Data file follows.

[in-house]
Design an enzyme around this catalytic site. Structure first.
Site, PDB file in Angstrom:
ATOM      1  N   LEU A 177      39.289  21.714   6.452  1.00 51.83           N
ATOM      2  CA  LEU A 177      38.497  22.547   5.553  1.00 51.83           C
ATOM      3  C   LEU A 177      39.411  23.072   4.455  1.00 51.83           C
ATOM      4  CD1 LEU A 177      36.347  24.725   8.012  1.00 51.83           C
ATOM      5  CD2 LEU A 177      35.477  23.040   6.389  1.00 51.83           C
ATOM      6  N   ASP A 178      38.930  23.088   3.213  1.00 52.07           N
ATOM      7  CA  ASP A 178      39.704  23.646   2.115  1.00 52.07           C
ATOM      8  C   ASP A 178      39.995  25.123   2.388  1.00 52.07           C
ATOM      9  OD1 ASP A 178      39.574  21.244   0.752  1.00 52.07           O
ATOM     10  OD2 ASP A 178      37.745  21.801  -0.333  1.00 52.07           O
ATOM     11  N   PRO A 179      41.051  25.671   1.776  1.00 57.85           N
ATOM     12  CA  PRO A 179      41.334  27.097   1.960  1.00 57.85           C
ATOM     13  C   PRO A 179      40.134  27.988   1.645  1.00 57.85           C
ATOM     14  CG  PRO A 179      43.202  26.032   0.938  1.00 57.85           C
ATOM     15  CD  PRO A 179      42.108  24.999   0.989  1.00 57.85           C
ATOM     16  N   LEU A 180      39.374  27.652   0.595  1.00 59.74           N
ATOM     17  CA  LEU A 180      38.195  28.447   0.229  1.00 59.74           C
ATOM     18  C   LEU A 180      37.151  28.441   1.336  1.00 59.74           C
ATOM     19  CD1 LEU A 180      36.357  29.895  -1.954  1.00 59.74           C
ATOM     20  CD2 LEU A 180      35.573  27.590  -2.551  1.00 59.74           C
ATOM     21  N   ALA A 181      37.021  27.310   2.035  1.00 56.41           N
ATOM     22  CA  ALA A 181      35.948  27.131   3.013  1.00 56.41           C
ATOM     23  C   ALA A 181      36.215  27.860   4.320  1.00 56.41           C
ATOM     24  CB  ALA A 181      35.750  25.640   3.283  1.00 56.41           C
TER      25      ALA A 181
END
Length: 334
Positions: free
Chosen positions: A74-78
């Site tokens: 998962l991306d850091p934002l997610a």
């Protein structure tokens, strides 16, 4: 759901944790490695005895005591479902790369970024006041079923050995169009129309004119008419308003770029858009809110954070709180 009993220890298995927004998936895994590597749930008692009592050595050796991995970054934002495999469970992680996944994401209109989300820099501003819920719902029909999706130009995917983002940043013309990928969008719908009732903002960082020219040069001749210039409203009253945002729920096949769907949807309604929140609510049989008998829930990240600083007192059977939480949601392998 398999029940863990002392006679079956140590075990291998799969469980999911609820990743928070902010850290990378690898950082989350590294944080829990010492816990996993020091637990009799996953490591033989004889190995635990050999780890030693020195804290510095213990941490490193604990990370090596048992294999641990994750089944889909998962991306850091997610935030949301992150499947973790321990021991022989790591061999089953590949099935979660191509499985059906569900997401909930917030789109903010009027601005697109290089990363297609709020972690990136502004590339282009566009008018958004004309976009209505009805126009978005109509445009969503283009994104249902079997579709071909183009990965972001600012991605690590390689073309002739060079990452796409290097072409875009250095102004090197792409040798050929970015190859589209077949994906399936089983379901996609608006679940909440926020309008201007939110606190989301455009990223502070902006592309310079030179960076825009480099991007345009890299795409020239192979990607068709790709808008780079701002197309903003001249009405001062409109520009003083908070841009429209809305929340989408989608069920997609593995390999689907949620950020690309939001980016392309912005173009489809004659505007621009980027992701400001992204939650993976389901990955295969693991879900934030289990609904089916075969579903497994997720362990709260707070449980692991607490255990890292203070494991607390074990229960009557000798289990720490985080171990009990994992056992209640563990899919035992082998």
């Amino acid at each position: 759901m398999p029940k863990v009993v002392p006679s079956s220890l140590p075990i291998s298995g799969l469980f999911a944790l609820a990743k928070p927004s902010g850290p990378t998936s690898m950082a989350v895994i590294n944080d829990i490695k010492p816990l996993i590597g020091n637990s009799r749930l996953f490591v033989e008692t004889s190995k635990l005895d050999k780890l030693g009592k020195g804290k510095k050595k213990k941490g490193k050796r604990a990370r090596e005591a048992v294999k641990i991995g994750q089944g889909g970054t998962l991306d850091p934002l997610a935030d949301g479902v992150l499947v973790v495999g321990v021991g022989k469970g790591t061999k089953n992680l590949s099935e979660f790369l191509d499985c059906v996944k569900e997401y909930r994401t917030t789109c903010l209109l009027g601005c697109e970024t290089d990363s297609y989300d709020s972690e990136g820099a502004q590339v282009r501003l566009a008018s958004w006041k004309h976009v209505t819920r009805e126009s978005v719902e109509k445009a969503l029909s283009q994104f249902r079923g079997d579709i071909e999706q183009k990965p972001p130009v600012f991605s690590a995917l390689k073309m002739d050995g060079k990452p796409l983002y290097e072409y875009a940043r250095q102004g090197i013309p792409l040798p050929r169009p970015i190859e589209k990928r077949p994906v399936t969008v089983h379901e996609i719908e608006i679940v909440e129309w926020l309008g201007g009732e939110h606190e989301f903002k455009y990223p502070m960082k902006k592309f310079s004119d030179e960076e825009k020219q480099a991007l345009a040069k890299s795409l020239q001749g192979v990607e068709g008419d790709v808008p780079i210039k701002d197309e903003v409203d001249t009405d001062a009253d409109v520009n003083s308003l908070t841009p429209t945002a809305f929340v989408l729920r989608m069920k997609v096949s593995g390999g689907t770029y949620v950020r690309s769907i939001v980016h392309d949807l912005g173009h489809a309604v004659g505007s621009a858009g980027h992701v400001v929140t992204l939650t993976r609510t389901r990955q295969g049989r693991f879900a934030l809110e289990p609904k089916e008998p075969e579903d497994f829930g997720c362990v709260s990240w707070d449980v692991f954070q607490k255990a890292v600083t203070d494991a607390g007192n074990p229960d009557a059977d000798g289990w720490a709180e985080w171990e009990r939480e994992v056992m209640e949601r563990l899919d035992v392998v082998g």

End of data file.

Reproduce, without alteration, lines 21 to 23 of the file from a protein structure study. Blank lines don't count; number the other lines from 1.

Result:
ATOM     18  C   LEU A 180      37.151  28.441   1.336  1.00 59.74           C
ATOM     19  CD1 LEU A 180      36.357  29.895  -1.954  1.00 59.74           C
ATOM     20  CD2 LEU A 180      35.573  27.590  -2.551  1.00 59.74           C